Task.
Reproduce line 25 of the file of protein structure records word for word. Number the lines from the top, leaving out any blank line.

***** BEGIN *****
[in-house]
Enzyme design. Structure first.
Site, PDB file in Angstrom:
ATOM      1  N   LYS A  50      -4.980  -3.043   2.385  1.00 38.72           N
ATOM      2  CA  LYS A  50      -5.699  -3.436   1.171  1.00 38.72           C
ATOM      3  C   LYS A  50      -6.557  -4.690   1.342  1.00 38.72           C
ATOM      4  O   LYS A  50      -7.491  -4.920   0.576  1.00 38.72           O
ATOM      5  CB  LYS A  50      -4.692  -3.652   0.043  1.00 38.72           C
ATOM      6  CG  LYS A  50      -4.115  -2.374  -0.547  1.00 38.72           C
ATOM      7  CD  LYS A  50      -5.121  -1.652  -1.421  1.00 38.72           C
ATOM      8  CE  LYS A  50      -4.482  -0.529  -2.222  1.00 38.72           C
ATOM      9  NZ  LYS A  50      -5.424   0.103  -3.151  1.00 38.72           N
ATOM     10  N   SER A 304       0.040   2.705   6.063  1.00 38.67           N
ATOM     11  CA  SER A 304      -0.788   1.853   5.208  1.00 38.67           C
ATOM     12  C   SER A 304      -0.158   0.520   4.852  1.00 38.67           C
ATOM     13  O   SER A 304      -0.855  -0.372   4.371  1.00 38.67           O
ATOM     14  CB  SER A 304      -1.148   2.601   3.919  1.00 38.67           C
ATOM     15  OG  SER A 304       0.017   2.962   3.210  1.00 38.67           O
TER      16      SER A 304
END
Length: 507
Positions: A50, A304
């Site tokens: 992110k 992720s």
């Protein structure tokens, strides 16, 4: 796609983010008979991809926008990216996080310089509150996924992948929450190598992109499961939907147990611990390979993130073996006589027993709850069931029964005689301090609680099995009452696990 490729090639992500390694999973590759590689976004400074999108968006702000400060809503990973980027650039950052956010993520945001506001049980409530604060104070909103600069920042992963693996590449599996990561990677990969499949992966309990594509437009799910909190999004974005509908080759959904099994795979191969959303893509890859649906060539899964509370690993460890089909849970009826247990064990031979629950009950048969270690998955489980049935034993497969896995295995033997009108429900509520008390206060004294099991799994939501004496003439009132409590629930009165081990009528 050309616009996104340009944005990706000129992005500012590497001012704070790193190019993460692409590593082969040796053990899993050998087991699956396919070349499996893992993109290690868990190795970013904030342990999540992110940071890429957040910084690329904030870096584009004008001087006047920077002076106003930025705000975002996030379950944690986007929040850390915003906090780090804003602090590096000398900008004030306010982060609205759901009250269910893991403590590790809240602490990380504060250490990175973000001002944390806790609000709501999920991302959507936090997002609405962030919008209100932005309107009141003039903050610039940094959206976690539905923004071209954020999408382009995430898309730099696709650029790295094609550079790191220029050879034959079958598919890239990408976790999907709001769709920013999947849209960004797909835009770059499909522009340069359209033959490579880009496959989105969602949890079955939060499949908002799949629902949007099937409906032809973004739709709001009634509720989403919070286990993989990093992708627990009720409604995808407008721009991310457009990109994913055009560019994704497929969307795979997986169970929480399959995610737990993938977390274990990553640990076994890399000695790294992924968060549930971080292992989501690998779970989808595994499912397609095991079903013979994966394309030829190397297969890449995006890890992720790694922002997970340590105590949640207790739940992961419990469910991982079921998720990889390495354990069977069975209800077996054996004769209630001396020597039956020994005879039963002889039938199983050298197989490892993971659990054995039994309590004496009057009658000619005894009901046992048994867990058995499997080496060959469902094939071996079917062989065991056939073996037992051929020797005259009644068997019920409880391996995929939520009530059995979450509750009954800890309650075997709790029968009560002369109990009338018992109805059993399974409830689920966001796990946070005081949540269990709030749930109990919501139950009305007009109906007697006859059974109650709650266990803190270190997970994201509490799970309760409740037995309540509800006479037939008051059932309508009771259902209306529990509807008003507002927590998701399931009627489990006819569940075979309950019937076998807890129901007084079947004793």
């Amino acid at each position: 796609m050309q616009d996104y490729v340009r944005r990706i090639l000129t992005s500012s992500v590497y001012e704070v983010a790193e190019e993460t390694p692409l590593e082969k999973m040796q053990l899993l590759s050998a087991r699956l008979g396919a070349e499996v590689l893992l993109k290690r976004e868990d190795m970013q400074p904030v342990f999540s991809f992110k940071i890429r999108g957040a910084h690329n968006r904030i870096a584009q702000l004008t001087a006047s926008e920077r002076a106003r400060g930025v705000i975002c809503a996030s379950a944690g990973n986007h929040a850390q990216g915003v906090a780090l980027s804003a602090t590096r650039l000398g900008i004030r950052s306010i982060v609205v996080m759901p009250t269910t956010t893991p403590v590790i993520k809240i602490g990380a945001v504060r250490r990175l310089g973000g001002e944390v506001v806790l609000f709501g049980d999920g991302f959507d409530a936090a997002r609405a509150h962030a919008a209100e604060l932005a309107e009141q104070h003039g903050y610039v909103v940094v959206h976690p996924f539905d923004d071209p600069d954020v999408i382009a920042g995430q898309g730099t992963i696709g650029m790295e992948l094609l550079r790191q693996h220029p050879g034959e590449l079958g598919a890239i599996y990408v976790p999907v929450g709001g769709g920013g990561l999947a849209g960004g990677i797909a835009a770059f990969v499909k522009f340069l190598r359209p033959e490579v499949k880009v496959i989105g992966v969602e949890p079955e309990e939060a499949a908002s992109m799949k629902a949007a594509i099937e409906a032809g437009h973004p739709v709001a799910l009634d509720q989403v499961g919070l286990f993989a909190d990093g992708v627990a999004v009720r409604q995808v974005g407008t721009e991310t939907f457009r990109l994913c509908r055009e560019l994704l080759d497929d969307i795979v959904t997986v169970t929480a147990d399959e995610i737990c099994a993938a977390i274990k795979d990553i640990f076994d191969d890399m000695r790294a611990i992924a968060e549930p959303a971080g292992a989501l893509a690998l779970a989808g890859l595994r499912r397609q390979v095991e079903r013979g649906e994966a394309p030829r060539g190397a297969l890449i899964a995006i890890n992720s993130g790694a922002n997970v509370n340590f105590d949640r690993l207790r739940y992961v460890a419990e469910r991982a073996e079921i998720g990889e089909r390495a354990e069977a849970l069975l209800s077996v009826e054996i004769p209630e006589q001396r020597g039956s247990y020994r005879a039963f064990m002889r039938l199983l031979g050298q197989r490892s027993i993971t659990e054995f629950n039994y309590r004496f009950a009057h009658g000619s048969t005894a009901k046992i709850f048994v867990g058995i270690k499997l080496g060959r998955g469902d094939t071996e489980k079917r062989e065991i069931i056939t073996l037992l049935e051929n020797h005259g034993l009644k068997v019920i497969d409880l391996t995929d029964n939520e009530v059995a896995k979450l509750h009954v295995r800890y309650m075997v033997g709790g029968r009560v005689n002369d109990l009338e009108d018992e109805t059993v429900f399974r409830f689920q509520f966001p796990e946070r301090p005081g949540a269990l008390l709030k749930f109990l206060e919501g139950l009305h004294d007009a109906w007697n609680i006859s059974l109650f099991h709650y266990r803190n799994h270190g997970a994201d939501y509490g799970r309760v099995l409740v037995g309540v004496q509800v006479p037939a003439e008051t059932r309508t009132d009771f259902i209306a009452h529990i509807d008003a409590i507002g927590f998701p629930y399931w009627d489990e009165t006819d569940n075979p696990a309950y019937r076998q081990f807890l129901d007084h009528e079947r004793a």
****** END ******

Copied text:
């Amino acid at each position: 796609m050309q616009d996104y490729v340009r944005r990706i090639l000129t992005s500012s992500v590497y001012e704070v983010a790193e190019e993460t390694p692409l590593e082969k999973m040796q053990l899993l590759s050998a087991r699956l008979g396919a070349e499996v590689l893992l993109k290690r976004e868990d190795m970013q400074p904030v342990f999540s991809f992110k940071i890429r999108g957040a910084h690329n968006r904030i870096a584009q702000l004008t001087a006047s926008e920077r002076a106003r400060g930025v705000i975002c809503a996030s379950a944690g990973n986007h929040a850390q990216g915003v906090a780090l980027s804003a602090t590096r650039l000398g900008i004030r950052s306010i982060v609205v996080m759901p009250t269910t956010t893991p403590v590790i993520k809240i602490g990380a945001v504060r250490r990175l310089g973000g001002e944390v506001v806790l609000f709501g049980d999920g991302f959507d409530a936090a997002r609405a509150h962030a919008a209100e604060l932005a309107e009141q104070h003039g903050y610039v909103v940094v959206h976690p996924f539905d923004d071209p600069d954020v999408i382009a920042g995430q898309g730099t992963i696709g650029m790295e992948l094609l550079r790191q693996h220029p050879g034959e590449l079958g598919a890239i599996y990408v976790p999907v929450g709001g769709g920013g990561l999947a849209g960004g990677i797909a835009a770059f990969v499909k522009f340069l190598r359209p033959e490579v499949k880009v496959i989105g992966v969602e949890p079955e309990e939060a499949a908002s992109m799949k629902a949007a594509i099937e409906a032809g437009h973004p739709v709001a799910l009634d509720q989403v499961g919070l286990f993989a909190d990093g992708v627990a999004v009720r409604q995808v974005g407008t721009e991310t939907f457009r990109l994913c509908r055009e560019l994704l080759d497929d969307i795979v959904t997986v169970t929480a147990d399959e995610i737990c099994a993938a977390i274990k795979d990553i640990f076994d191969d890399m000695r790294a611990i992924a968060e549930p959303a971080g292992a989501l893509a690998l779970a989808g890859l595994r499912r397609q390979v095991e079903r013979g649906e994966a394309p030829r060539g190397a297969l890449i899964a995006i890890n992720s993130g790694a922002n997970v509370n340590f105590d949640r690993l207790r739940y992961v460890a419990e469910r991982a073996e079921i998720g990889e089909r390495a354990e069977a849970l069975l209800s077996v009826e054996i004769p209630e006589q001396r020597g039956s247990y020994r005879a039963f064990m002889r039938l199983l031979g050298q197989r490892s027993i993971t659990e054995f629950n039994y309590r004496f009950a009057h009658g000619s048969t005894a009901k046992i709850f048994v867990g058995i270690k499997l080496g060959r998955g469902d094939t071996e489980k079917r062989e065991i069931i056939t073996l037992l049935e051929n020797h005259g034993l009644k068997v019920i497969d409880l391996t995929d029964n939520e009530v059995a896995k979450l509750h009954v295995r800890y309650m075997v033997g709790g029968r009560v005689n002369d109990l009338e009108d018992e109805t059993v429900f399974r409830f689920q509520f966001p796990e946070r301090p005081g949540a269990l008390l709030k749930f109990l206060e919501g139950l009305h004294d007009a109906w007697n609680i006859s059974l109650f099991h709650y266990r803190n799994h270190g997970a994201d939501y509490g799970r309760v099995l409740v037995g309540v004496q509800v006479p037939a003439e008051t059932r309508t009132d009771f259902i209306a009452h529990i509807d008003a409590i507002g927590f998701p629930y399931w009627d489990e009165t006819d569940n075979p696990a309950y019937r076998q081990f807890l129901d007084h009528e079947r004793a």